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A 2,700-year-old toilet discovered in Jerusalem was a rare luxury.

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It is an uncommon find, as pooping in toilets was a luxury reserved for the elite thousands of years ago.


Archaeologists uncovered a 2,700-year-old private toilet inside the ruins of an ancient royal estate in Jerusalem recently. It is an uncommon find, as pooping in toilets was a luxury reserved for the elite thousands of years ago.


Private restrooms have previously been "discovered in just a very few locations in Israel and Jerusalem," according to Yaakov Billig, an archaeologist and the Israel Antiquities Authority's excavation director, in a YouTube video. "This is a highly uncommon find because it was only available to the wealthy."


The toilet is made of limestone and features a soft seat and a hole in the center, "so whoever is sitting there would be quite comfortable," according to Billig. The toilet, which was discovered above a septic tank, was discovered within a rectangular cottage that served as the old bathroom.


According to Billig, the bathroom also housed 30 to 40 bowls. He hypothesized that the bowls were used to store air fresheners, such as pleasant-smelling oil or incense.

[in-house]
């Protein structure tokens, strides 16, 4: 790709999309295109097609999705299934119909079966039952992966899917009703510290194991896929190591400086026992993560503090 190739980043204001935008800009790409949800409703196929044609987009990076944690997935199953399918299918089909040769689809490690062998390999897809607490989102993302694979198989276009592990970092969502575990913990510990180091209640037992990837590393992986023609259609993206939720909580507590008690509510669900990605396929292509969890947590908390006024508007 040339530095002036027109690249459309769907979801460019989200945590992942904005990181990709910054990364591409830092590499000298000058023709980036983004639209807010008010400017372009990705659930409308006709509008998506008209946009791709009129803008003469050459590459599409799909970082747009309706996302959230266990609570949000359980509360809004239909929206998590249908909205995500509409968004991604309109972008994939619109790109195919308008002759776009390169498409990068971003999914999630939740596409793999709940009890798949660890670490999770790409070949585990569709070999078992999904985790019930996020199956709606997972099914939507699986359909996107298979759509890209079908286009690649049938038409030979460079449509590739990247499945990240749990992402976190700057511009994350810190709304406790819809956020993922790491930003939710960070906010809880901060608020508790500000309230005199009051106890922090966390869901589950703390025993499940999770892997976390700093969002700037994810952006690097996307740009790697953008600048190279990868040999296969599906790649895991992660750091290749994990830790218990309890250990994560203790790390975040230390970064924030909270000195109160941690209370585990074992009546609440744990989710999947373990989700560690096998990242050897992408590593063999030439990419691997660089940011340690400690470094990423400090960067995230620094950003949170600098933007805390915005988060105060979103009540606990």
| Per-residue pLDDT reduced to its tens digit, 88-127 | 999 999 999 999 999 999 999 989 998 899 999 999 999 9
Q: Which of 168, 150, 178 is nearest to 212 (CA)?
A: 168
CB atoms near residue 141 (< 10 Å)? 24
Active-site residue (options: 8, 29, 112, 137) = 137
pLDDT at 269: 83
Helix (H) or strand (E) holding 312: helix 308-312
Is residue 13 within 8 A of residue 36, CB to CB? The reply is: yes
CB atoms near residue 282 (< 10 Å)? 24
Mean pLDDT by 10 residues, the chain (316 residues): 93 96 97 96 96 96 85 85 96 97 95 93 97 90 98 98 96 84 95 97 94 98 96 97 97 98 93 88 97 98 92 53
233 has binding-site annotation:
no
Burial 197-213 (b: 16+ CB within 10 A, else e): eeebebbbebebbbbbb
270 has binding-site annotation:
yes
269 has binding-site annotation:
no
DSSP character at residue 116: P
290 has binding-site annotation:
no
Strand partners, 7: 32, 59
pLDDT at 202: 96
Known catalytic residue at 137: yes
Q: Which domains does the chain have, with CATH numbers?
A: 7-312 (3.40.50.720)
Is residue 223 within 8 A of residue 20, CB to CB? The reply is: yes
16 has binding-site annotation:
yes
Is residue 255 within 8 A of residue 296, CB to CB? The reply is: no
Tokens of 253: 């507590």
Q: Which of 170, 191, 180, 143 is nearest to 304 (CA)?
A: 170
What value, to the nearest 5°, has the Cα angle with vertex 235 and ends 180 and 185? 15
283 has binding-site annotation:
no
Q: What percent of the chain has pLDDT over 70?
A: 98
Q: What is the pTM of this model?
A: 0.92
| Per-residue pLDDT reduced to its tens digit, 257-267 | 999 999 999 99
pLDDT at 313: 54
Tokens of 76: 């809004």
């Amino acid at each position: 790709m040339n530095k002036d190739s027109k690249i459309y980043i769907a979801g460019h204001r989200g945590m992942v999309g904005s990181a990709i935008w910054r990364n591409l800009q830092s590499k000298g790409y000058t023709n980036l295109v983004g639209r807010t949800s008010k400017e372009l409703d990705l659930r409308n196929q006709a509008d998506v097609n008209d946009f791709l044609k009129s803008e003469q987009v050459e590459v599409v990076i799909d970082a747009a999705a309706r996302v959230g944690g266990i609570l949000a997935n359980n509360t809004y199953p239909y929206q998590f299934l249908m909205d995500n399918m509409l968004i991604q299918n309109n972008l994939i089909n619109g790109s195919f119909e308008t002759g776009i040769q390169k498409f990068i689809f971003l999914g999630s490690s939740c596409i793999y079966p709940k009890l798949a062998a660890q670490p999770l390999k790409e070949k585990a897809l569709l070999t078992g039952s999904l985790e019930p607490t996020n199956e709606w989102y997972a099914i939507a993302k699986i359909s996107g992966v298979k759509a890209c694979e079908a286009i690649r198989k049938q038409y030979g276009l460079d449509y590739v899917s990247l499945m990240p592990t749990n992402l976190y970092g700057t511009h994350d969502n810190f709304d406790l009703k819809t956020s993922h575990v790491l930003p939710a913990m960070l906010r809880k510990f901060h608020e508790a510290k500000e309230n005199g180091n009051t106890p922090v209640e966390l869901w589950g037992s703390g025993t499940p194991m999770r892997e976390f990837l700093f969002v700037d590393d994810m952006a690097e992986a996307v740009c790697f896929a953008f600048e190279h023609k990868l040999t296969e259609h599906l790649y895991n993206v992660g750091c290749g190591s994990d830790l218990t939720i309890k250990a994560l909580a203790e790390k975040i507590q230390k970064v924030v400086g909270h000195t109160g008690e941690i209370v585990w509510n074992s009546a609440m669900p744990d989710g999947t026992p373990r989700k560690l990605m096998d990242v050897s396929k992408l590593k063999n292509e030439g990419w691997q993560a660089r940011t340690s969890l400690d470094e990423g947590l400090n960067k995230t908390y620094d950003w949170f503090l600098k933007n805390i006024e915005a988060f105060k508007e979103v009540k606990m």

The archaeologists collected animal bones and pottery, as well as soil from the septic tank below, in order to learn about the time's lifestyles, diets, and diseases.


The archaeologists also unearthed decorative stones within the settlement that were carved for a variety of reasons, such as stone capitals — little detailed pieces of stone that form the tops of columns — or window frames and railings, according to Billig in the film. Billig and his crew discovered evidence of a garden filled with decorative trees, fruit trees, and aquatic plants around the toilet.


According to the statement, all of these antiques aid the researchers in recreating the image of an "extensive and lush" estate. 


Archaeologists originally uncovered the remnants of the historic mansion on Jerusalem's Armon Hanatziv promenade two years ago, and excavations are still ongoing. According to Billig in the movie, it was "possibly a palace of one of the rulers of the Judean Kingdom."


This isn't the first time archaeologists have been intrigued by ancient people's restroom habits.


The archaeological record provides some suggestions as to what our forefathers might have used as toilet paper thousands of years before rolls of Scott and Cottenelles were stocked on Target shelves. According to Live Science, ancient people had a range of remedies for wiping their bottoms, ranging from corn cobs to snow.

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